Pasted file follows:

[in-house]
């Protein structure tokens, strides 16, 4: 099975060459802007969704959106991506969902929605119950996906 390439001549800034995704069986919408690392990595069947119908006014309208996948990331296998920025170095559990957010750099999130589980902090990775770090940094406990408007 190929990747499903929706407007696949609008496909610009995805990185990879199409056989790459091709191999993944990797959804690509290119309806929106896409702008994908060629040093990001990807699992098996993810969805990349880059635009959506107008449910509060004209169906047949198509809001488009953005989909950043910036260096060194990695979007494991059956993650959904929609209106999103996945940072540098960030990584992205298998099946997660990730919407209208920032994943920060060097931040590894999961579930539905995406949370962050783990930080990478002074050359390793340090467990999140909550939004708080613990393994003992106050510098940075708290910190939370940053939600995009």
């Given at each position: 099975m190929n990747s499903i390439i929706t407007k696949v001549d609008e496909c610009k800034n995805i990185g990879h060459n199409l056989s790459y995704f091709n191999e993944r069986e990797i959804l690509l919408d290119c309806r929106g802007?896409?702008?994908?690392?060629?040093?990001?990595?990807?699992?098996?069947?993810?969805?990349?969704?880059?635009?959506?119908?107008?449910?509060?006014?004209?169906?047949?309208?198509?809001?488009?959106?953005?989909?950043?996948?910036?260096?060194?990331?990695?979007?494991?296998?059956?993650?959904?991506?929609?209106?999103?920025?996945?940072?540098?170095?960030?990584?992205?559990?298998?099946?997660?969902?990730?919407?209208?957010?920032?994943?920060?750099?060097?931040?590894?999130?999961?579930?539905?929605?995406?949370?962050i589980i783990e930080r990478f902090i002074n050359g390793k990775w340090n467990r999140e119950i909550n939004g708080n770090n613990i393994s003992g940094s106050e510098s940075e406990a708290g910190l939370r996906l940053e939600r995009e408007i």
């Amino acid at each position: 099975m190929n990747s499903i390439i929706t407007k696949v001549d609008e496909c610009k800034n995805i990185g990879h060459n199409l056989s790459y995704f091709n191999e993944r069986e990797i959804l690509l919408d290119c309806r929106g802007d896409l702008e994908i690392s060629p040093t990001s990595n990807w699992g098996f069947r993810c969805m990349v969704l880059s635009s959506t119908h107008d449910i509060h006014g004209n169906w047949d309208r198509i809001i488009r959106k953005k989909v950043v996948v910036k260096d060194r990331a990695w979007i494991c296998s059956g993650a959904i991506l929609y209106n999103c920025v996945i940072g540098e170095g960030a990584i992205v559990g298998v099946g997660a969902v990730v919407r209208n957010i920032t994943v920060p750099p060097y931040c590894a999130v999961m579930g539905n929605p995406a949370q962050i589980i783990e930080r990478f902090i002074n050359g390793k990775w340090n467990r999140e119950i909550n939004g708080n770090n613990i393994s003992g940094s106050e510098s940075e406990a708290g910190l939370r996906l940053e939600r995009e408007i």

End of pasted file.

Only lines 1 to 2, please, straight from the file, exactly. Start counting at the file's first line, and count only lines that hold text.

[in-house]
């Protein structure tokens, strides 16, 4: 099975060459802007969704959106991506969902929605119950996906 390439001549800034995704069986919408690392990595069947119908006014309208996948990331296998920025170095559990957010750099999130589980902090990775770090940094406990408007 190929990747499903929706407007696949609008496909610009995805990185990879199409056989790459091709191999993944990797959804690509290119309806929106896409702008994908060629040093990001990807699992098996993810969805990349880059635009959506107008449910509060004209169906047949198509809001488009953005989909950043910036260096060194990695979007494991059956993650959904929609209106999103996945940072540098960030990584992205298998099946997660990730919407209208920032994943920060060097931040590894999961579930539905995406949370962050783990930080990478002074050359390793340090467990999140909550939004708080613990393994003992106050510098940075708290910190939370940053939600995009």